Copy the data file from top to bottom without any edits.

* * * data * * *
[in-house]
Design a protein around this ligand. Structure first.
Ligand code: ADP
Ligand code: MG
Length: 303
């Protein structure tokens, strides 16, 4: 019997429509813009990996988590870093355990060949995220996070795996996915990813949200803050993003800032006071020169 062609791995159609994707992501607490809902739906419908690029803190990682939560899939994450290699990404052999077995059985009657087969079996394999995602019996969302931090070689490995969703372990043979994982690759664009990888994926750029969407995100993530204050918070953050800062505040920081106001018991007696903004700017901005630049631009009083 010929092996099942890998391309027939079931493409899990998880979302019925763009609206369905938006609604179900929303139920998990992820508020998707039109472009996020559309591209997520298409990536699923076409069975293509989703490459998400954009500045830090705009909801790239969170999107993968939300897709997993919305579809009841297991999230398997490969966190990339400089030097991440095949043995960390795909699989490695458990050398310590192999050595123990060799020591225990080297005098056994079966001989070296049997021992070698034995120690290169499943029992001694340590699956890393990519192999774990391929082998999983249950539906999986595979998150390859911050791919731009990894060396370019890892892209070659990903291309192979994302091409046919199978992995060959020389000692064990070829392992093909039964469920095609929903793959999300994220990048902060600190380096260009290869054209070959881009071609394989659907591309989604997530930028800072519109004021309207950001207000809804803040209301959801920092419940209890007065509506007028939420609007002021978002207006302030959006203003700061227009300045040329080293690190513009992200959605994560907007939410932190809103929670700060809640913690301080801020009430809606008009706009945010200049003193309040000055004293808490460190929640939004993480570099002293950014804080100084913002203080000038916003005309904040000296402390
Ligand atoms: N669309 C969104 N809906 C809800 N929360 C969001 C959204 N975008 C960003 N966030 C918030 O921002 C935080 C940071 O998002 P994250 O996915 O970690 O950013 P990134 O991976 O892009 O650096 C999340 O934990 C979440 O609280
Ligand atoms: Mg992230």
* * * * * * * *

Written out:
[in-house]
Design a protein around this ligand. Structure first.
Ligand code: ADP
Ligand code: MG
Length: 303
């Protein structure tokens, strides 16, 4: 019997429509813009990996988590870093355990060949995220996070795996996915990813949200803050993003800032006071020169 062609791995159609994707992501607490809902739906419908690029803190990682939560899939994450290699990404052999077995059985009657087969079996394999995602019996969302931090070689490995969703372990043979994982690759664009990888994926750029969407995100993530204050918070953050800062505040920081106001018991007696903004700017901005630049631009009083 010929092996099942890998391309027939079931493409899990998880979302019925763009609206369905938006609604179900929303139920998990992820508020998707039109472009996020559309591209997520298409990536699923076409069975293509989703490459998400954009500045830090705009909801790239969170999107993968939300897709997993919305579809009841297991999230398997490969966190990339400089030097991440095949043995960390795909699989490695458990050398310590192999050595123990060799020591225990080297005098056994079966001989070296049997021992070698034995120690290169499943029992001694340590699956890393990519192999774990391929082998999983249950539906999986595979998150390859911050791919731009990894060396370019890892892209070659990903291309192979994302091409046919199978992995060959020389000692064990070829392992093909039964469920095609929903793959999300994220990048902060600190380096260009290869054209070959881009071609394989659907591309989604997530930028800072519109004021309207950001207000809804803040209301959801920092419940209890007065509506007028939420609007002021978002207006302030959006203003700061227009300045040329080293690190513009992200959605994560907007939410932190809103929670700060809640913690301080801020009430809606008009706009945010200049003193309040000055004293808490460190929640939004993480570099002293950014804080100084913002203080000038916003005309904040000296402390
Ligand atoms: N669309 C969104 N809906 C809800 N929360 C969001 C959204 N975008 C960003 N966030 C918030 O921002 C935080 C940071 O998002 P994250 O996915 O970690 O950013 P990134 O991976 O892009 O650096 C999340 O934990 C979440 O609280
Ligand atoms: Mg992230």